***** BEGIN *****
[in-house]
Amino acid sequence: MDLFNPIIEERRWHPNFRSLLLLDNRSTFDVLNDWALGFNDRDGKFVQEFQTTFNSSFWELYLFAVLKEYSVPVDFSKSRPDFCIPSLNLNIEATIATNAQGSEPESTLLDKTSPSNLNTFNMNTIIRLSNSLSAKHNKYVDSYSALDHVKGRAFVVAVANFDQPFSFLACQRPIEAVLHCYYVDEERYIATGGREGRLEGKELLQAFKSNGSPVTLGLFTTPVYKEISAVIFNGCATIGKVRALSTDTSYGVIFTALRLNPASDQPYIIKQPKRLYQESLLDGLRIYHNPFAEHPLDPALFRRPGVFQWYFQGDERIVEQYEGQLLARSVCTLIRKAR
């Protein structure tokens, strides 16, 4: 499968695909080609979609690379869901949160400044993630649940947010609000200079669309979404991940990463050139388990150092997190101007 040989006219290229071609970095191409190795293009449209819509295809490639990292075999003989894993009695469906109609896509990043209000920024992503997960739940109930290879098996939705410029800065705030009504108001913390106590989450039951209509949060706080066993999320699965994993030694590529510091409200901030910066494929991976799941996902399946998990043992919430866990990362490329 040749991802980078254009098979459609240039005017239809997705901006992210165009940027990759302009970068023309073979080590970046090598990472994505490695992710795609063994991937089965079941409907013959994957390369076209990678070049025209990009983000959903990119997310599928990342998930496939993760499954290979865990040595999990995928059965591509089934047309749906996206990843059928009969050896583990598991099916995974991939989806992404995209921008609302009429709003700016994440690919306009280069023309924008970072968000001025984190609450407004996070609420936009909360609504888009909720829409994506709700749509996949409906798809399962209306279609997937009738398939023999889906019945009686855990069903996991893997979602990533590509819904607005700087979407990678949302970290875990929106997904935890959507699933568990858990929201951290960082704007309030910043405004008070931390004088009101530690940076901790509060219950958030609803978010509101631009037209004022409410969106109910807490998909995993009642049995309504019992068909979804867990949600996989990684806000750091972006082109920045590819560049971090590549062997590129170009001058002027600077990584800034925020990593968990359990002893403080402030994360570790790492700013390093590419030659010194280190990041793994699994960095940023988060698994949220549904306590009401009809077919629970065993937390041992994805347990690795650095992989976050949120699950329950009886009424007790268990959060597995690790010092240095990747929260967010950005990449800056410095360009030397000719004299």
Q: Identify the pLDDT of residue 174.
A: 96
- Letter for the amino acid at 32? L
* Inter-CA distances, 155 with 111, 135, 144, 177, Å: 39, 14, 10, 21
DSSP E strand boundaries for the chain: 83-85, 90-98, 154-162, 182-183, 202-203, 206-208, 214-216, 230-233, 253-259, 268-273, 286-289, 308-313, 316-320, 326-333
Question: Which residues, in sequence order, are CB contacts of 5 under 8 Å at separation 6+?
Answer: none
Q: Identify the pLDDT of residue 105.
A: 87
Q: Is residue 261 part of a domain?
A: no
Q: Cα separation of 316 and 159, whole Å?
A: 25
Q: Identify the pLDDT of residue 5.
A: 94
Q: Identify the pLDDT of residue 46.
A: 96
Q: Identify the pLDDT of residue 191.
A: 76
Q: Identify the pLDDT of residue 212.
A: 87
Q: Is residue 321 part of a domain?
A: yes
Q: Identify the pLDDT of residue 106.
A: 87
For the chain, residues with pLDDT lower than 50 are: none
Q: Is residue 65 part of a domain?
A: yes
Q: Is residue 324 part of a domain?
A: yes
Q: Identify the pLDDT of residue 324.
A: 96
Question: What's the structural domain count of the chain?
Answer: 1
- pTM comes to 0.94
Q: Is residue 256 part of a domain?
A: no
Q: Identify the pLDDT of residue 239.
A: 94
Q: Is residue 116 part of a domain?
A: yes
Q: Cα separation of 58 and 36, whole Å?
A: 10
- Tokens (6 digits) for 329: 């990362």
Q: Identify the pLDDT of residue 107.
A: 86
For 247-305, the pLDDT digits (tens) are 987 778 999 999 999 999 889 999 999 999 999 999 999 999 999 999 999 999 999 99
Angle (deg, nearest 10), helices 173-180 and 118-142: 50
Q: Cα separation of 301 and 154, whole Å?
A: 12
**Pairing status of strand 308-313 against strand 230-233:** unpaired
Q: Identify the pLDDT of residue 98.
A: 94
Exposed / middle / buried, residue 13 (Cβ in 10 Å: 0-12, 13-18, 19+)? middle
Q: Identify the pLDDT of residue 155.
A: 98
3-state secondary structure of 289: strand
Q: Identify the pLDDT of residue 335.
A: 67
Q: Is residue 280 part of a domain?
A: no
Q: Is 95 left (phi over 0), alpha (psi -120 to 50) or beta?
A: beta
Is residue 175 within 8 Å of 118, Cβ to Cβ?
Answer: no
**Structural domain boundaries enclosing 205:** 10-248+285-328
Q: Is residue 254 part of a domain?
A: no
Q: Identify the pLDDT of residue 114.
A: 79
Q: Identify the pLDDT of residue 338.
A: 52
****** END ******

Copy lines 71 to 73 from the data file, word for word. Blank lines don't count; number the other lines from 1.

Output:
A: no
Q: Identify the pLDDT of residue 114.
A: 79